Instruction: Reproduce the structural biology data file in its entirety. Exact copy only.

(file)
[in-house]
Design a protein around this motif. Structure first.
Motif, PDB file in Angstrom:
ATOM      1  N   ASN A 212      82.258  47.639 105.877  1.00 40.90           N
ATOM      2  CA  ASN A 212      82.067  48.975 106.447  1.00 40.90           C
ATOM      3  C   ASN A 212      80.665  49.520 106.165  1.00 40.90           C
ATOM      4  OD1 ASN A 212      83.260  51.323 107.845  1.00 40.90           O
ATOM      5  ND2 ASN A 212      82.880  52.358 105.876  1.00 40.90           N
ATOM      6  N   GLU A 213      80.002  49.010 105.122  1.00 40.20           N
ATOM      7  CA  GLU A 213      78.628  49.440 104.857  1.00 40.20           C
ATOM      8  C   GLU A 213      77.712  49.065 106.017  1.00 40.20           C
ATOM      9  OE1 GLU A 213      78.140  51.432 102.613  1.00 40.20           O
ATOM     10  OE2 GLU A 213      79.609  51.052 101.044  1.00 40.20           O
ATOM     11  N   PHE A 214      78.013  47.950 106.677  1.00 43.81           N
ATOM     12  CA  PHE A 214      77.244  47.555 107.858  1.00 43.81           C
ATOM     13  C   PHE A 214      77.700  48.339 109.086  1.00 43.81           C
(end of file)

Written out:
[in-house]
Design a protein around this motif. Structure first.
Motif, PDB file in Angstrom:
ATOM      1  N   ASN A 212      82.258  47.639 105.877  1.00 40.90           N
ATOM      2  CA  ASN A 212      82.067  48.975 106.447  1.00 40.90           C
ATOM      3  C   ASN A 212      80.665  49.520 106.165  1.00 40.90           C
ATOM      4  OD1 ASN A 212      83.260  51.323 107.845  1.00 40.90           O
ATOM      5  ND2 ASN A 212      82.880  52.358 105.876  1.00 40.90           N
ATOM      6  N   GLU A 213      80.002  49.010 105.122  1.00 40.20           N
ATOM      7  CA  GLU A 213      78.628  49.440 104.857  1.00 40.20           C
ATOM      8  C   GLU A 213      77.712  49.065 106.017  1.00 40.20           C
ATOM      9  OE1 GLU A 213      78.140  51.432 102.613  1.00 40.20           O
ATOM     10  OE2 GLU A 213      79.609  51.052 101.044  1.00 40.20           O
ATOM     11  N   PHE A 214      78.013  47.950 106.677  1.00 43.81           N
ATOM     12  CA  PHE A 214      77.244  47.555 107.858  1.00 43.81           C
ATOM     13  C   PHE A 214      77.700  48.339 109.086  1.00 43.81           C